Despite it being illegal, employer concerns and outright prejudice against combat veterans will likely continue as long as the stereotype is perpetuated.
1871
1914
1980
1939
1678
Nostalgia
Named by Swiss physician Johannes Hofer
based off of the symptoms of the Swiss Troops
Symptoms
depressed
incessant thinking of home
disturbed sleep or insomnia
weakness
loss of appetite
anxiety
cardiac palpitations
stupor
fever
Soldiers Heart
After the Civil War
Diagnosed by Jacob Mendez Da Costa
also called Da Costa Syndrome
Jacob did a study on 300 soldiers who were in the war and when they came home from the war
Symptoms
altered heart rates
high pulse rates
high blood pressure
anxiety
breathlessness
He found out that the soldiers who showed these signs during the war, continued to have these symptoms after the war
Shell Shock
During World War I
caused by the impact of shells, which caused concussions and was “believed to disrupt the brain and cause ‘shell shock’"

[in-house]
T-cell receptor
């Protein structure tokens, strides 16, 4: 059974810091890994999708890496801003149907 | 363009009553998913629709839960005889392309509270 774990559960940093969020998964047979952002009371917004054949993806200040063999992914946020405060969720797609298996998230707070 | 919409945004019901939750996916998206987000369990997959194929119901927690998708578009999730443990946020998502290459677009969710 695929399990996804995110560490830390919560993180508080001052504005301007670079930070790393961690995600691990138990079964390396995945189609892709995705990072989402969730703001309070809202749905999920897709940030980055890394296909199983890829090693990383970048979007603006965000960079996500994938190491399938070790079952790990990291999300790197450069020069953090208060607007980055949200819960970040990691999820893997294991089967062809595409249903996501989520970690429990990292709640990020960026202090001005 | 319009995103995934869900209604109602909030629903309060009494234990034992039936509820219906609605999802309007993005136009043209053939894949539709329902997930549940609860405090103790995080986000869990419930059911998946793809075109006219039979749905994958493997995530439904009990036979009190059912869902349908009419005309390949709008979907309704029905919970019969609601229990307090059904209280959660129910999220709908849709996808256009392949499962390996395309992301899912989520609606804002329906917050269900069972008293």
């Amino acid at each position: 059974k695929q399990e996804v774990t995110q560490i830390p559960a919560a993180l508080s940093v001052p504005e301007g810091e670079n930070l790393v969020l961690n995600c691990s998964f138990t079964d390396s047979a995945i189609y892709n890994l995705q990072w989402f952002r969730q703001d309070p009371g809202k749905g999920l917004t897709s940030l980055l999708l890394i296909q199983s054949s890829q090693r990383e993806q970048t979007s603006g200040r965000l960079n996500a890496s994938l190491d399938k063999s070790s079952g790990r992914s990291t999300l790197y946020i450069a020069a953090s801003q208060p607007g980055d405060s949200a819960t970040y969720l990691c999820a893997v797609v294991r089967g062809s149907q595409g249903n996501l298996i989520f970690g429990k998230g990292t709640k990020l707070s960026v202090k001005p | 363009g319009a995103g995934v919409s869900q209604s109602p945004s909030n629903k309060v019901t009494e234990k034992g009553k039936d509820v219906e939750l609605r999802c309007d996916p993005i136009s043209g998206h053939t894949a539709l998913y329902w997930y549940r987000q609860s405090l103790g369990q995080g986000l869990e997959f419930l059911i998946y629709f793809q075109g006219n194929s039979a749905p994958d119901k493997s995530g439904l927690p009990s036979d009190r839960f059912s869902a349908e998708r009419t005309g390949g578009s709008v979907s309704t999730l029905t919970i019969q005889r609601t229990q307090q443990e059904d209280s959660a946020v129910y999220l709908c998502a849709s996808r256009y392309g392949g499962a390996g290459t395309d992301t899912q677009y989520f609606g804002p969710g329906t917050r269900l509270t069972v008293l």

Symptoms Treatment
dramatic paralysis -Has to treated immediately
blindness - let soldiers rest and eat
dazed manner - send soldiers back to combat
heightened startle response
headache
diarrhea
fatigue
chest pain
difficulty concentrating
forgetfulness
disturbed sleep
Combat Fatigue
During World War II
the evolution of war had changed with new weapons, which put soldiers at a higher risk
Symptoms
shortness of breath
palpitations
headache
diarrhea
disturbed sleep
forgetfulness
difficulty concentrating
Post-Traumatic Stress Disorder
After the Vietnam War
Was a official diagnoses in the DSM-III
PTSD was a psychologically distressing event that is outside the range of usual human experience. The original stressor is usually experienced with intense fear, terror, and/or helplessness and not an experience that is culturally normal
Later on it was revised in the DSM-III-R
'outside the range of usual human experience' taking out
Three dimensions added
re-experiencing
avoidance and numbness
physiological arousal

A traumatic event that cause stress related
symptoms. Symptoms can take a few months to appear. Events such as :
Combat exposure
Child sexual or physical abuse